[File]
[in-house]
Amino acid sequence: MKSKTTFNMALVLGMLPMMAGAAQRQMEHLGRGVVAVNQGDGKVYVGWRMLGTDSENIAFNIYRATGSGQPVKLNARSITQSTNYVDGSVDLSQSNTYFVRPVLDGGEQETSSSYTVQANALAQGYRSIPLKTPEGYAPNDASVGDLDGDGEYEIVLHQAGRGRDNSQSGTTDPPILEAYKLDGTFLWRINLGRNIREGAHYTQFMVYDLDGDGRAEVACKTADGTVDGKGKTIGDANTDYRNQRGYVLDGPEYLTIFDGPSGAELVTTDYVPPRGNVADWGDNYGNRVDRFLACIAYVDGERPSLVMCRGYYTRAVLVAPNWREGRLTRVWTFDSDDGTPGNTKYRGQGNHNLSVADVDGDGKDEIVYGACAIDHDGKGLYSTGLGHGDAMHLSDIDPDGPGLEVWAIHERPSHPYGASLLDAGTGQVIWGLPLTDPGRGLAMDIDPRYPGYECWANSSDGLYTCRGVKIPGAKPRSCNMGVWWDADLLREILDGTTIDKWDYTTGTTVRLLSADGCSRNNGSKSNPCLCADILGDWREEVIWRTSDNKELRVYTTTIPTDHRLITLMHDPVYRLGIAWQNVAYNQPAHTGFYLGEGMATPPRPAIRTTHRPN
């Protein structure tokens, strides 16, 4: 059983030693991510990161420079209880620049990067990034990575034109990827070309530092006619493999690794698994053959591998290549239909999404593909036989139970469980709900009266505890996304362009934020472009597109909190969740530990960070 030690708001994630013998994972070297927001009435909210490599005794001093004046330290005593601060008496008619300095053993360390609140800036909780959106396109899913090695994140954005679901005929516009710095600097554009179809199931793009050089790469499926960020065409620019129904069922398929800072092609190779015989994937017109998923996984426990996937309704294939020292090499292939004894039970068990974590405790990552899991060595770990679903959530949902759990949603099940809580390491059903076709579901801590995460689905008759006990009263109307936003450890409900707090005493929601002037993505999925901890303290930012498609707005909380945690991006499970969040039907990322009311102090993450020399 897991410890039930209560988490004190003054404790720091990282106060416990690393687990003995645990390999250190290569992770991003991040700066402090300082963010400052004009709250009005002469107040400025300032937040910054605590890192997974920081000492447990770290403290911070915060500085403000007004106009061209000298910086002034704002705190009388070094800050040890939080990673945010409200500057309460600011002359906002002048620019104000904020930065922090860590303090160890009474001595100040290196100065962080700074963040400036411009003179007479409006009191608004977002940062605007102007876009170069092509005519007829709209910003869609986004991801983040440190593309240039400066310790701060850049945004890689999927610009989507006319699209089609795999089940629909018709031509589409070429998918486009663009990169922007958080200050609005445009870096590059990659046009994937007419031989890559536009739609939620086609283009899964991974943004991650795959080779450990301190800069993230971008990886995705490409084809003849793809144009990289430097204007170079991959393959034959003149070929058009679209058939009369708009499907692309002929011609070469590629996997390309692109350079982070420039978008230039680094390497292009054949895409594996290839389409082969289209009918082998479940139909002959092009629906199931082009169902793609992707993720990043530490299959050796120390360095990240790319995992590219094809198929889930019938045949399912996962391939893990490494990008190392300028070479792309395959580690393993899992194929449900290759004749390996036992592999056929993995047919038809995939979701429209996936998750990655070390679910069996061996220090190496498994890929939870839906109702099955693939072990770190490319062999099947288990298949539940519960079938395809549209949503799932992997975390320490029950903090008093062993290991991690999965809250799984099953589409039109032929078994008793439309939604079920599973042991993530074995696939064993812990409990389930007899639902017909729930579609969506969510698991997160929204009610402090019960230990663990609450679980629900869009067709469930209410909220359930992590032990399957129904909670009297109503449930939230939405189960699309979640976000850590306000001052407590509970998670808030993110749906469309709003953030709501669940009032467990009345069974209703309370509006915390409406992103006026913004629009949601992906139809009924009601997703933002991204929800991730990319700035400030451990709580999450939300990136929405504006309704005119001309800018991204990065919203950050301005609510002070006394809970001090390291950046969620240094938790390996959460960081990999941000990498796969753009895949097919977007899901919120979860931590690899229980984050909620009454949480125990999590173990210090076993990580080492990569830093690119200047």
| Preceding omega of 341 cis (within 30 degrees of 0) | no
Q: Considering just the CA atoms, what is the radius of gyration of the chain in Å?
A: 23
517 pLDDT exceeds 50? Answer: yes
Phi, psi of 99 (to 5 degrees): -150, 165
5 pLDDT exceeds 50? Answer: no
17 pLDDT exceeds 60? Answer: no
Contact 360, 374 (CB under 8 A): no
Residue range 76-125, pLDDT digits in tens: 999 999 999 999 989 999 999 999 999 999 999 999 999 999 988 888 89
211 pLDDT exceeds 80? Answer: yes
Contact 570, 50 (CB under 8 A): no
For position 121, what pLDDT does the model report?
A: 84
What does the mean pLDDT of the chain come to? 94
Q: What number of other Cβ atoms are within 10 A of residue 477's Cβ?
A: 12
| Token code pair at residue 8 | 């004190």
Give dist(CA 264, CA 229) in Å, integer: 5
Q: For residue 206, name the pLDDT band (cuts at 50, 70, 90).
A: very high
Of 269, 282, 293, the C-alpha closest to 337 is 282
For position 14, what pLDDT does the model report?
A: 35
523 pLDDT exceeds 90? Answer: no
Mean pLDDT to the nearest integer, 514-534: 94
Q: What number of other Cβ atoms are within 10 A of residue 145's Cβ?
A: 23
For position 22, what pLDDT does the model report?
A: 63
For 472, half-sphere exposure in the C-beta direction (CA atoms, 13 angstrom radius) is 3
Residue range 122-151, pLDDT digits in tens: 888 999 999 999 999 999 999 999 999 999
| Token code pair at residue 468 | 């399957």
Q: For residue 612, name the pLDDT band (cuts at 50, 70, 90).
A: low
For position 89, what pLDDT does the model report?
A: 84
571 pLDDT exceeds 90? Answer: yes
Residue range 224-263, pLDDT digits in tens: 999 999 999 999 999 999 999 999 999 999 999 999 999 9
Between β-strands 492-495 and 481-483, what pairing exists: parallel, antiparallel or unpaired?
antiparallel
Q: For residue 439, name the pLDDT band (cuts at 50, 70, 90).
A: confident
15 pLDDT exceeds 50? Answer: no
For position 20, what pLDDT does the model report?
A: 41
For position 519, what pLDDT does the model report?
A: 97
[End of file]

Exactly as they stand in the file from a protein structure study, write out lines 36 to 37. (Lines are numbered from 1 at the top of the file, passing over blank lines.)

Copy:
Q: For residue 612, name the pLDDT band (cuts at 50, 70, 90).
A: low